Washington, DC (Rotters) – In a stunning development, former vice presidential counsel I. Lewis “Scooter” Libby waved the estimated five weeks grace period in place before he would have to officially report for incarceration. He reported early today to an undisclosed federal penitentiary to begin serving his 2 1/2 year sentence for his role in the Valerie Plame scandal. Libby appears to be embracing a tactic employed recently by a number of other celebrities, including Martha Stewart and Paris Hilton.
While Mr. Libby’s motives remained unclear, many Washington insiders felt that Libby and his legal team were attempting to take advantage of the groundswell of support from conservatives all over America and turn up the heat for an official pardon from President George W. Bush.
“This is not an acknowledgment of guilt by any means,” stated Libby’s chief defense lawyer Larry Robins, “and the appeals process will go on. This is just a way to refocus everyone on the plight of Mr. Libby and his family and impress upon them and his need for continued loyalty.”
Accompanying Libby to the prison were his tearful wife and friend and associate, former New York Times reporter Judith Miller. Ironically Miller herself had gone to prison almost 2 years earlier for her refusal to testify before a grand jury as to Libby’s role in the Plame affair.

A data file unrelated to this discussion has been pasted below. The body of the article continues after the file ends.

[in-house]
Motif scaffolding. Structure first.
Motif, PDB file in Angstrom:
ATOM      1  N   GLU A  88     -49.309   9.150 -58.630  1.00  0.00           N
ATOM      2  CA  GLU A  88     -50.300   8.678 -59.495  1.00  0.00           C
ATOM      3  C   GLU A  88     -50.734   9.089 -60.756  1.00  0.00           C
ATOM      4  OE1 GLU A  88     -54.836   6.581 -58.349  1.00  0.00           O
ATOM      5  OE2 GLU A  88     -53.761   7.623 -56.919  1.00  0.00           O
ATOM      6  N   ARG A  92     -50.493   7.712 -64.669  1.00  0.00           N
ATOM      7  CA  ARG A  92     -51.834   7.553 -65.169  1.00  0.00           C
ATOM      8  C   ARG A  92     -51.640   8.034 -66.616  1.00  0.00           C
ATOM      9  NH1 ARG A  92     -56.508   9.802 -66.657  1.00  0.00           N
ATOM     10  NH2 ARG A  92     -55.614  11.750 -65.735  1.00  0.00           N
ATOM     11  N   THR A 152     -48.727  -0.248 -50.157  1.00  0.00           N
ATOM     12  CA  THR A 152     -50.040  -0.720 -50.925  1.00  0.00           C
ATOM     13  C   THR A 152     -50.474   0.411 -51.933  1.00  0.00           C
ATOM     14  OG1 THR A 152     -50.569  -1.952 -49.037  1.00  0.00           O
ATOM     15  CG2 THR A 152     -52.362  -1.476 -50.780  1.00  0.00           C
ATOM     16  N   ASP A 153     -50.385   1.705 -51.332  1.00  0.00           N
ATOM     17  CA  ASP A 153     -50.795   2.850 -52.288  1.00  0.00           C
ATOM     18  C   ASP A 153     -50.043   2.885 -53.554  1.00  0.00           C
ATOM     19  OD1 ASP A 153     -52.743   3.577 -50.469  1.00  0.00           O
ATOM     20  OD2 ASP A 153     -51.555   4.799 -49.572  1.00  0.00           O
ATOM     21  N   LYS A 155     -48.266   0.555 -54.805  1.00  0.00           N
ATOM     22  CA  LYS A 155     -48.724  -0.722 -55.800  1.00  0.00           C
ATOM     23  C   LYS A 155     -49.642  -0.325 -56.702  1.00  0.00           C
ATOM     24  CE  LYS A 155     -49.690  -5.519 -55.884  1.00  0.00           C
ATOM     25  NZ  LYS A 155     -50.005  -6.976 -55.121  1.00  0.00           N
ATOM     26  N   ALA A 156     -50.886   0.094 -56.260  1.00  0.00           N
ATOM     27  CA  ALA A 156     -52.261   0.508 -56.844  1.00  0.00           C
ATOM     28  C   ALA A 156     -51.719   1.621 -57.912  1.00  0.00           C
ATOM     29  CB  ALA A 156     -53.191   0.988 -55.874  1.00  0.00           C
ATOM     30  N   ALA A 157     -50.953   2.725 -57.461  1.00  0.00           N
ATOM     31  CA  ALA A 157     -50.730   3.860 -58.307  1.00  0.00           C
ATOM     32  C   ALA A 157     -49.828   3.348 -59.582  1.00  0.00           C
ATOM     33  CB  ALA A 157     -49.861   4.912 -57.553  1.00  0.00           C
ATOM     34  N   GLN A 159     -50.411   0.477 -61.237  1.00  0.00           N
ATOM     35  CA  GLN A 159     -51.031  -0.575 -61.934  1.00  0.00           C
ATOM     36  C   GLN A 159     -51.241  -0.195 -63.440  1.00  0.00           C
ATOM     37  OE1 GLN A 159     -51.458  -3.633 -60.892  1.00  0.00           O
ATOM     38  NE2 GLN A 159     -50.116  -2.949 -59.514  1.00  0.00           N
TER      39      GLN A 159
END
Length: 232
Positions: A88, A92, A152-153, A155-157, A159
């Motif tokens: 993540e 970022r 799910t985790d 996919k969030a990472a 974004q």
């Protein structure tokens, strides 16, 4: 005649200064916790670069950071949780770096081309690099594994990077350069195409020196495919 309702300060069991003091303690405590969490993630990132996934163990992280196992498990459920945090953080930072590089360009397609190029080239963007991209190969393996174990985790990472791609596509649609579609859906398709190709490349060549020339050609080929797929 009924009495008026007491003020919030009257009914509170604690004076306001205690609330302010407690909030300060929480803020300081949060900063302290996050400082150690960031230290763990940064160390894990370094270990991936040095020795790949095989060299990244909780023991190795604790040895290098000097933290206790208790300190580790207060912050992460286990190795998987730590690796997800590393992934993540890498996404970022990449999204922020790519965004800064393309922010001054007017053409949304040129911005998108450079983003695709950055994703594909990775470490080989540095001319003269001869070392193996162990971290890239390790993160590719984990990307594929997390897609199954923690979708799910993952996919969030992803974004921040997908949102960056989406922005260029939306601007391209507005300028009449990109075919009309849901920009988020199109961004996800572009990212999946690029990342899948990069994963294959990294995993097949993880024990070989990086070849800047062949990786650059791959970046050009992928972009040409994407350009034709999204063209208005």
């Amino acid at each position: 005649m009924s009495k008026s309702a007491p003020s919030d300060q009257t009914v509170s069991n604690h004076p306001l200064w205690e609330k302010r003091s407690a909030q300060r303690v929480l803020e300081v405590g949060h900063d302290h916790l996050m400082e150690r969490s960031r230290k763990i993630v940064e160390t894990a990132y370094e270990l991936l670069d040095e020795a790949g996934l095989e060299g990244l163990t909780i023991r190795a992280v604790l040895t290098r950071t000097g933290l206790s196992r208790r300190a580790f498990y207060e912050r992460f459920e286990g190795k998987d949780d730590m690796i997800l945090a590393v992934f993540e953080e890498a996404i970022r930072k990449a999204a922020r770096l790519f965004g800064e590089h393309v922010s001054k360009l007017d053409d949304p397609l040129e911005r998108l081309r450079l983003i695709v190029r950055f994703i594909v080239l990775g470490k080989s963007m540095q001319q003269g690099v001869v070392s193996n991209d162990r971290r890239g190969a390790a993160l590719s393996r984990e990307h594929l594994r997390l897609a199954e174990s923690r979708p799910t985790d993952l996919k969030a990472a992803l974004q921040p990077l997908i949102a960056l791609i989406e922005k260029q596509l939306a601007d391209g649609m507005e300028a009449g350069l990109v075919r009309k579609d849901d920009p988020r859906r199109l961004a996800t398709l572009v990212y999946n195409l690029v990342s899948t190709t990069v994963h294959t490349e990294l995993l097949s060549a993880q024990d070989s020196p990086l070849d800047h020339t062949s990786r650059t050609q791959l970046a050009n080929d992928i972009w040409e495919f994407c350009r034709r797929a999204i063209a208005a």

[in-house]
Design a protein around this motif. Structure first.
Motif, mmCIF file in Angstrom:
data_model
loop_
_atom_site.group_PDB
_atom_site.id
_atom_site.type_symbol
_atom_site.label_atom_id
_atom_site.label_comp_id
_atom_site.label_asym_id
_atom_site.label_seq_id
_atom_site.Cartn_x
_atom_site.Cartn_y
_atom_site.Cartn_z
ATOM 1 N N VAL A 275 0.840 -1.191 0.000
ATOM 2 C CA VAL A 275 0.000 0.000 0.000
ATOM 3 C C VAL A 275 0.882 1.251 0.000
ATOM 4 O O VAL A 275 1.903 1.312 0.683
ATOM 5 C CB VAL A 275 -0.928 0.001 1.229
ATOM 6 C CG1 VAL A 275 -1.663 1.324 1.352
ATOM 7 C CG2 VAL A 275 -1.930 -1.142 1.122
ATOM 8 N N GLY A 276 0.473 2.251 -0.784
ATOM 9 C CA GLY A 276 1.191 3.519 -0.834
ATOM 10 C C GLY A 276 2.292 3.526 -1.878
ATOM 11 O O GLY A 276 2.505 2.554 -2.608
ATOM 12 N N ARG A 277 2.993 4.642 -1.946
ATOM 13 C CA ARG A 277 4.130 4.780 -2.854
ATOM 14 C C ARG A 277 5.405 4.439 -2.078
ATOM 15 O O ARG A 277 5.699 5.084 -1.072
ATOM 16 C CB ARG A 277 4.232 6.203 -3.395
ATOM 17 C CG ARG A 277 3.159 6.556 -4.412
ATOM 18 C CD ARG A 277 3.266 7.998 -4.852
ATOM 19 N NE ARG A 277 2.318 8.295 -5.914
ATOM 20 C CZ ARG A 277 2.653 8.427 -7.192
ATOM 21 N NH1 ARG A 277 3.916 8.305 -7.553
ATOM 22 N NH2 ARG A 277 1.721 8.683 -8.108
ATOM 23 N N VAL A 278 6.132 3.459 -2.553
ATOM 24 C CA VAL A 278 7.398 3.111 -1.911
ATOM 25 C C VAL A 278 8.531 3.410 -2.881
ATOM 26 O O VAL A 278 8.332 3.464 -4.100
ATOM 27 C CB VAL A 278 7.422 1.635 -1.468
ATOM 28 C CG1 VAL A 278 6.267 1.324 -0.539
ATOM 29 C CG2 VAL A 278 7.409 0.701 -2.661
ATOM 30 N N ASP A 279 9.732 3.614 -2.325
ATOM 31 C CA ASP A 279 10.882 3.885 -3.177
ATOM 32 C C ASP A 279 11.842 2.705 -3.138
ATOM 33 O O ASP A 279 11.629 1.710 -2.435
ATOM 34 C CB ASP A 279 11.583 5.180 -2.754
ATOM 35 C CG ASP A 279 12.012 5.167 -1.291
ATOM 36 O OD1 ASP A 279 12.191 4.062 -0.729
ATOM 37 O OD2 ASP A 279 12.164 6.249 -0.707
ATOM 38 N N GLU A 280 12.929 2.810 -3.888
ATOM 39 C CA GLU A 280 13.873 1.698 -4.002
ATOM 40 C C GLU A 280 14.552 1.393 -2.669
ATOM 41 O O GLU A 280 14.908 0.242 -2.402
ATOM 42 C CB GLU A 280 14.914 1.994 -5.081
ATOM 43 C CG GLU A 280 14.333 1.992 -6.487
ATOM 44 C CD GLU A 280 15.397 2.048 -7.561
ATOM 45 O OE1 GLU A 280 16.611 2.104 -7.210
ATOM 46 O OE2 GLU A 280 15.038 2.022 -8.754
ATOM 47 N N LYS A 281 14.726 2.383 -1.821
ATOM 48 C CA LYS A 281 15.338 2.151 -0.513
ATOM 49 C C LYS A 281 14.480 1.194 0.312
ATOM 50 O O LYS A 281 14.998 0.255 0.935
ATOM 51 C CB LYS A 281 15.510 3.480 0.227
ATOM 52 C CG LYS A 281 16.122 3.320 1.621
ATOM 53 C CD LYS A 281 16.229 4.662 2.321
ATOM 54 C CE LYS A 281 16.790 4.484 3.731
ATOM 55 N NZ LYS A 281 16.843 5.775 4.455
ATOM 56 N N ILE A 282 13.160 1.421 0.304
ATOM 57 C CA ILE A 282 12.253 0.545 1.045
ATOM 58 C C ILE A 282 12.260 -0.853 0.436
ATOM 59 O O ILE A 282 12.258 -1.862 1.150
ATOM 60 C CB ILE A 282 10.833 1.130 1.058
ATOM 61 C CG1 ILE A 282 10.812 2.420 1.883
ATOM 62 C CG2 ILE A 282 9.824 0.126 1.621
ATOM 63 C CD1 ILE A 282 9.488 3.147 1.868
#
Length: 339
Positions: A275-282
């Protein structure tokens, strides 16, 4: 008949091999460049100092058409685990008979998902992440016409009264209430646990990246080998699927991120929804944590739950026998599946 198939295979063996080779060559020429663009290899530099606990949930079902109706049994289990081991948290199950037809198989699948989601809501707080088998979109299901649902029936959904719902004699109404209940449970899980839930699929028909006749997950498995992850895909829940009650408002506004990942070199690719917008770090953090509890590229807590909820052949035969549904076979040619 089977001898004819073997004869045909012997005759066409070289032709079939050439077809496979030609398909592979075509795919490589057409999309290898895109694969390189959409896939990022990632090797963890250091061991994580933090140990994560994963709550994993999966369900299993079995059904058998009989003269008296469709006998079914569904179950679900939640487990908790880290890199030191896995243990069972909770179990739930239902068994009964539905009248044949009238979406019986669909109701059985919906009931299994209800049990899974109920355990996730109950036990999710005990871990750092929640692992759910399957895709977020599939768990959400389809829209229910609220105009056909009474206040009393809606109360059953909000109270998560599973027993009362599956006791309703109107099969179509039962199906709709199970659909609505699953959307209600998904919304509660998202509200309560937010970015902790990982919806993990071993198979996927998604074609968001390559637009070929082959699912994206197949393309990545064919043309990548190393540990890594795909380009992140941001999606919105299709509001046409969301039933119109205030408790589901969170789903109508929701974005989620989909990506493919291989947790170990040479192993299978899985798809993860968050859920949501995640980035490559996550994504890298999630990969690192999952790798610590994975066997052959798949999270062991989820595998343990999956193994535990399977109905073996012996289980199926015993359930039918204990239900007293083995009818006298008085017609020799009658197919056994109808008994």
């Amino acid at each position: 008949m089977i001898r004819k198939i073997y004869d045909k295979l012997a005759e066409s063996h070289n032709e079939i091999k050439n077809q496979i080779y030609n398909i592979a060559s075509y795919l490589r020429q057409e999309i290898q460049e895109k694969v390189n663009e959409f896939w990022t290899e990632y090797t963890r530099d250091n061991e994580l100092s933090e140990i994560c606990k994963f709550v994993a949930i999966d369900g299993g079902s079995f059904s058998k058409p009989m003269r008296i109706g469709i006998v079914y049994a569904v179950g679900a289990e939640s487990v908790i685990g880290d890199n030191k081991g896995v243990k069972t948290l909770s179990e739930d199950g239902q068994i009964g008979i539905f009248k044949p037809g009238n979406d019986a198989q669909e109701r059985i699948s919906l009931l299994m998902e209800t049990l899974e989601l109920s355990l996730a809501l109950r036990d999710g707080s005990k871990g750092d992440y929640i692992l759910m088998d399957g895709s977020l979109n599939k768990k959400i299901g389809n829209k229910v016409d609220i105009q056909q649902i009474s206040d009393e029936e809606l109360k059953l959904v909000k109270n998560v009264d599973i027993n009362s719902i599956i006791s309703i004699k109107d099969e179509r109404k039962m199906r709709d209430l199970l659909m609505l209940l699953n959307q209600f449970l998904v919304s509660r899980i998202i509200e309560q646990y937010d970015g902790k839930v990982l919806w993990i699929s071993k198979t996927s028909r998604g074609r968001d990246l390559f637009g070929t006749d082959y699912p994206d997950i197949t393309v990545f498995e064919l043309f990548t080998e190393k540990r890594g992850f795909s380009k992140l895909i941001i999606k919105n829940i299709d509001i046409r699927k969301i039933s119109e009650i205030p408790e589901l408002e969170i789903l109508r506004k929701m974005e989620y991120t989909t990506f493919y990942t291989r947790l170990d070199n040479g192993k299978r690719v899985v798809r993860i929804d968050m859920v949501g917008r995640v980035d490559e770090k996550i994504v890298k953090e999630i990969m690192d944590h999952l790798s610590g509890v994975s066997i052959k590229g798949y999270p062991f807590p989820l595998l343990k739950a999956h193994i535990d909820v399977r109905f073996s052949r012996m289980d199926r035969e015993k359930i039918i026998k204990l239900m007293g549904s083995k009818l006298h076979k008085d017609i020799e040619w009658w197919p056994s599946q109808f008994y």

“I’m looking forward to collaborating with Mr. Libby on a book about our shared experiences while he’s here,” stated Miller. “At this point I have every reason to suspect that he won’t be here for very long and that the president will do the right thing with a full pardon and our book won’t be necessary. My working title for the book is “All Aspens are Related” and I anticipate it’s going to be a real page turner.”
The White House refused to comment on Libby’s latest move, with newly hired counsel Ed Gillespie stating that they did not want to unduly influence any remaining appeals processes. “Our sympathies again go out to Mr. Libby’s wife, and he should rest assured that the Vice President personally intends to see that she and his family will be taken care of in his absence. The administration will also be scrutinizing the appellate pathway to assure that there are no obstacles to a fair and rapid disposition of Mr. Libby’s case.”
“Mr. Libby is the exemplar of a public servant,” concluded Gillespie, “he is like the stately spruce… tall and unbending under the weight of winter snow and evergreen throughout all seasons.”